December 28, 2020
Wing recognizes the hard work of the Department of Transportation and the Federal Aviation Administration (FAA) to complete rulemakings on unmanned aircraft remote identification and operations over people. For the United States to safely and responsibly realize the broad benefits and most helpful uses of unmanned aircraft, the FAA’s regulatory framework needs to continue to evolve.
Remote identification (RID) is a crucial technology that can provide the identity and location of a drone, validate transparent and safe operations for governments, law enforcement, community members and operators alike. With this rulemaking the FAA had an opportunity to lead the world by adopting performance-based, technology-neutral remote identification regulations that support safety, privacy, inclusivity, and the widespread use of drones in the United States.
Unfortunately, the final rule, unlike existing international standards, does not allow the use of equally effective network remote ID, and requires all UAS, no matter the use case, to use “broadcast” RID. This approach creates barriers to compliance and will have unintended negative privacy impacts for businesses and consumers. Unlike traditional aircraft flying between known airports, commercial drones fly closer to communities and between businesses and homes. While an observer tracking an airplane can’t infer much about the individuals or cargo onboard, an observer tracking a drone can infer sensitive information about specific users, including where they visit, spend time, and live and where customers receive packages from and when. American communities would not accept this type of surveillance of their deliveries or taxi trips on the road. They should not accept it in the sky.
Over the next 18 months, we urge the FAA to expand the pathways by which an operator can comply with the FAA’s remote ID requirements, enabling compliance through broadcast or network technologies.
The commercial drone industry has successfully demonstrated how “network” technologies meet the required RID elements of the FAA’s rule while protecting sensitive customer information. This method of RID leverages the internet -- the most ubiquitous technological tool of our time -- to share a drone’s location and identity information, like a license plate number, with anyone who has access to a cell phone or web browser. This allows a drone to be identified as it flies over without necessarily sharing that drone's complete flight path or flight history, and that information, which can be more sensitive, is not displayed to the public and only available to law enforcement if they have proper credentials and a reason to need that information.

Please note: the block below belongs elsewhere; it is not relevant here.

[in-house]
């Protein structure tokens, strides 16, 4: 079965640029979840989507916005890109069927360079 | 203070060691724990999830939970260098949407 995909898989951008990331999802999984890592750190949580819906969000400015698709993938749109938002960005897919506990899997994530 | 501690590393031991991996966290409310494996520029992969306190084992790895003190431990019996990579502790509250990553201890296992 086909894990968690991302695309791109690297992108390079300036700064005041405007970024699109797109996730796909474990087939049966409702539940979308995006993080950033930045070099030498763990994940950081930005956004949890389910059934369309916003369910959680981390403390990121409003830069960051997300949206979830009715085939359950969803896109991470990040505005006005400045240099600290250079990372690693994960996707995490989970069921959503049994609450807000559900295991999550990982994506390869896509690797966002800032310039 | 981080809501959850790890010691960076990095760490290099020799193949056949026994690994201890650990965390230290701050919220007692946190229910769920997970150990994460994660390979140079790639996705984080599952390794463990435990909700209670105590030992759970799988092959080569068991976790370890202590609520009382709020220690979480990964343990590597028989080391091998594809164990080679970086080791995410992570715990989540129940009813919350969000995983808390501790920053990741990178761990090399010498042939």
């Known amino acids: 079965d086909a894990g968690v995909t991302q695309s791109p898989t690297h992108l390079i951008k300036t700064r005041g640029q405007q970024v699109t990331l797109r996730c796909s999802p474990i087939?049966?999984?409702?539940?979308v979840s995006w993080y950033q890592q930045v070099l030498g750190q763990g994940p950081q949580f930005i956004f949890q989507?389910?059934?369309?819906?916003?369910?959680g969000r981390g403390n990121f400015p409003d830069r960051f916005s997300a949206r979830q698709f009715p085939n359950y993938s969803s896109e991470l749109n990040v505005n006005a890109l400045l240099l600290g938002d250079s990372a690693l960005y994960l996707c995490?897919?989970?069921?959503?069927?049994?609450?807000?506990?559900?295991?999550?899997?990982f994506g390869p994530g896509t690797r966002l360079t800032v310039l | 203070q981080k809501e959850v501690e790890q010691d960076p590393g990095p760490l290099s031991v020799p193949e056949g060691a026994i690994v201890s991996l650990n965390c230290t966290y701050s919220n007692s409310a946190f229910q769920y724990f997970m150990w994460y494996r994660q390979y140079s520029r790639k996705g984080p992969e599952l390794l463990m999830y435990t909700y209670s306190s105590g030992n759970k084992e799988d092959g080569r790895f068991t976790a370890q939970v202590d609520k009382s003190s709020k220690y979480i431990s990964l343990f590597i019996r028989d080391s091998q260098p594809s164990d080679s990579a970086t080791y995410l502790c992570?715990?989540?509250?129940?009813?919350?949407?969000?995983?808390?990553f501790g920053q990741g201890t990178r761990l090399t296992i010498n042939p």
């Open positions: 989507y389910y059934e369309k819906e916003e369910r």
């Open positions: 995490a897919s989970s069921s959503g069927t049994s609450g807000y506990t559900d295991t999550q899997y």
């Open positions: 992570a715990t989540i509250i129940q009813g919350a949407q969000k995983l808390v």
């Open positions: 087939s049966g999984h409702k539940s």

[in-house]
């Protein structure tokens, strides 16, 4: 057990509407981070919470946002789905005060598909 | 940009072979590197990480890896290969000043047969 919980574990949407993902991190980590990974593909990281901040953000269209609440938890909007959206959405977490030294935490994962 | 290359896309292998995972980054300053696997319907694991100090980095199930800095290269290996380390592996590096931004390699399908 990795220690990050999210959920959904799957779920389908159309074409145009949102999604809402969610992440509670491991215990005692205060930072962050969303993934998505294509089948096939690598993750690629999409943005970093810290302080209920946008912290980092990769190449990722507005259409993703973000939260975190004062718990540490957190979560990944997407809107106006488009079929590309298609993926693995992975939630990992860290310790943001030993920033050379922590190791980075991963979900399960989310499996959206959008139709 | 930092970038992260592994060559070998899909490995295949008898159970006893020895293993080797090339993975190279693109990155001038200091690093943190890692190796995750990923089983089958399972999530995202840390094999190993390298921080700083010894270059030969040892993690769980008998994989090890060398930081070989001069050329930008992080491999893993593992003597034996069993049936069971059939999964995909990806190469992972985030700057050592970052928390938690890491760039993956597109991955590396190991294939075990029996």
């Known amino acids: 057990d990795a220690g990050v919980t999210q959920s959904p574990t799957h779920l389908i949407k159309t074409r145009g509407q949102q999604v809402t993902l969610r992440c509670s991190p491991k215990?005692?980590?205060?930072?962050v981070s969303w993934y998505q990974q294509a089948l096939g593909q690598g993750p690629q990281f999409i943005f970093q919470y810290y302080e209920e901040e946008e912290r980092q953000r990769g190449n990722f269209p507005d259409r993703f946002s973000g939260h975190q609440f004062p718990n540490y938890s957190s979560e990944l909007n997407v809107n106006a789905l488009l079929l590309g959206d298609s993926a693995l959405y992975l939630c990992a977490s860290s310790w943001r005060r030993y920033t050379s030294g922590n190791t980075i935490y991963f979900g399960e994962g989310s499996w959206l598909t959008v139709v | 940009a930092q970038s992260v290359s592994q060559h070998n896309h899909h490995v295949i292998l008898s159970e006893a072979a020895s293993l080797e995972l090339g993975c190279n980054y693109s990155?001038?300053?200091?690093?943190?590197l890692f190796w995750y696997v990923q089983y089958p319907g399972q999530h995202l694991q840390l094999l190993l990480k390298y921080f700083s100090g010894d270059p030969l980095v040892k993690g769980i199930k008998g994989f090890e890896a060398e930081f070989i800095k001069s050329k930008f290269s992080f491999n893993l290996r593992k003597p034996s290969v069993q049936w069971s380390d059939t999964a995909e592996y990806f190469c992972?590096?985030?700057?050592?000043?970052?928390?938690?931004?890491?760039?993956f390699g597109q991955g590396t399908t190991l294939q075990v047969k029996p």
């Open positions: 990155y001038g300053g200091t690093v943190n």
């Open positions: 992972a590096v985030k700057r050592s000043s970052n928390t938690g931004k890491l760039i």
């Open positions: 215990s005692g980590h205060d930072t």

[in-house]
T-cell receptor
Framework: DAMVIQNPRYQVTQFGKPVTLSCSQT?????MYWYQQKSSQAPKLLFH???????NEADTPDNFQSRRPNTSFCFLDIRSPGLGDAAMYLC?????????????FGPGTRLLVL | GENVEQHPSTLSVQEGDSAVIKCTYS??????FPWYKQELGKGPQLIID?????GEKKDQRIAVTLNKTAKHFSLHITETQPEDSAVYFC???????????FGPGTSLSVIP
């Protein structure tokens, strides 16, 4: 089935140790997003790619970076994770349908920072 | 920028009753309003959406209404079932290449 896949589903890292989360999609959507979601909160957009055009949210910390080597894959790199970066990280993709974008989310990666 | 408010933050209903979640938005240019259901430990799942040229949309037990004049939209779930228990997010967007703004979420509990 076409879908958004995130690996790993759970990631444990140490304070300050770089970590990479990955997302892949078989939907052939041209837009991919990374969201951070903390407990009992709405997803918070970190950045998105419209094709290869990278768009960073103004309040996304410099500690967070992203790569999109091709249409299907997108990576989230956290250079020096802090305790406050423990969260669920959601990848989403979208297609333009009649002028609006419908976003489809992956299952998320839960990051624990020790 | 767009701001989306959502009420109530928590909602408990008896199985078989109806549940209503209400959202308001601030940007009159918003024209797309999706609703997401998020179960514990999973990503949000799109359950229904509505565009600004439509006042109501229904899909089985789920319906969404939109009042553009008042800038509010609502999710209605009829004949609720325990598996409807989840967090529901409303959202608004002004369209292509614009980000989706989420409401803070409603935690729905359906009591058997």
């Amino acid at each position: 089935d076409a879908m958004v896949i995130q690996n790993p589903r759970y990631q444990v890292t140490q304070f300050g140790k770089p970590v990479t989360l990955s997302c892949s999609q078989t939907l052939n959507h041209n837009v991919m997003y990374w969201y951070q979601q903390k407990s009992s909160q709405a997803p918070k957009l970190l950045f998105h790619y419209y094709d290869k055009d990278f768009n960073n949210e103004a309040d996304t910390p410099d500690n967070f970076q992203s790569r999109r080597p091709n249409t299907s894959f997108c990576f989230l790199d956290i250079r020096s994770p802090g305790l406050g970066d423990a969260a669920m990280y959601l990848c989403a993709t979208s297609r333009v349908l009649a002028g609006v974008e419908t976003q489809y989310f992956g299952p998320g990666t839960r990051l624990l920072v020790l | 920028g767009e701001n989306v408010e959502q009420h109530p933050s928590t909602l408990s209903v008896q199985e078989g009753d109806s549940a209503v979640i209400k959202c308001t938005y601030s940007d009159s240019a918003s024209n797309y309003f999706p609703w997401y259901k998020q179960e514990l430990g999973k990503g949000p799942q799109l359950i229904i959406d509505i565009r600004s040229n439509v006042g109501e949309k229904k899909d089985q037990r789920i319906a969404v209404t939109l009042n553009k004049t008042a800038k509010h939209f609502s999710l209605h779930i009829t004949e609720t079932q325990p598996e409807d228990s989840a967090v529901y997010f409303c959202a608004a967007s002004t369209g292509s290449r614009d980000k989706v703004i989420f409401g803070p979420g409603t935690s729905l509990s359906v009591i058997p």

In addition to privacy impacts, exclusion of a network RID in the final rule has critical implications for the creation of a scalable approach to unmanned traffic management (UTM). A federated UTM is a critical enabler of scaled drone operations and will be necessary for a thriving drone industry. Network RID could be a key building block for this UTM system.
However, we were pleased to see the FAA make changes in the rule to respond to the feedback of tens of thousands of recreational flyers.
With 1.2 million hobby drones already registered in the U.S., hobbyists, model aircraft builders/operators and educators will continue to be a gateway for millions of people into the world of aviation. They are critical to the future of aerospace innovation, and we encourage the continued support of this community.
We hope the FAA and broader Administration will consider the many ways that drones will be used in the future and recognize and respect the privacy rights of Americans who rely on this technology. We also hope the FAA and broader Administration will continue its commitment to working with industry to develop a federated UTM. We look forward to working with the FAA and broader Administration as they implement the Remote ID rule and future rules enabling scaled drone operations.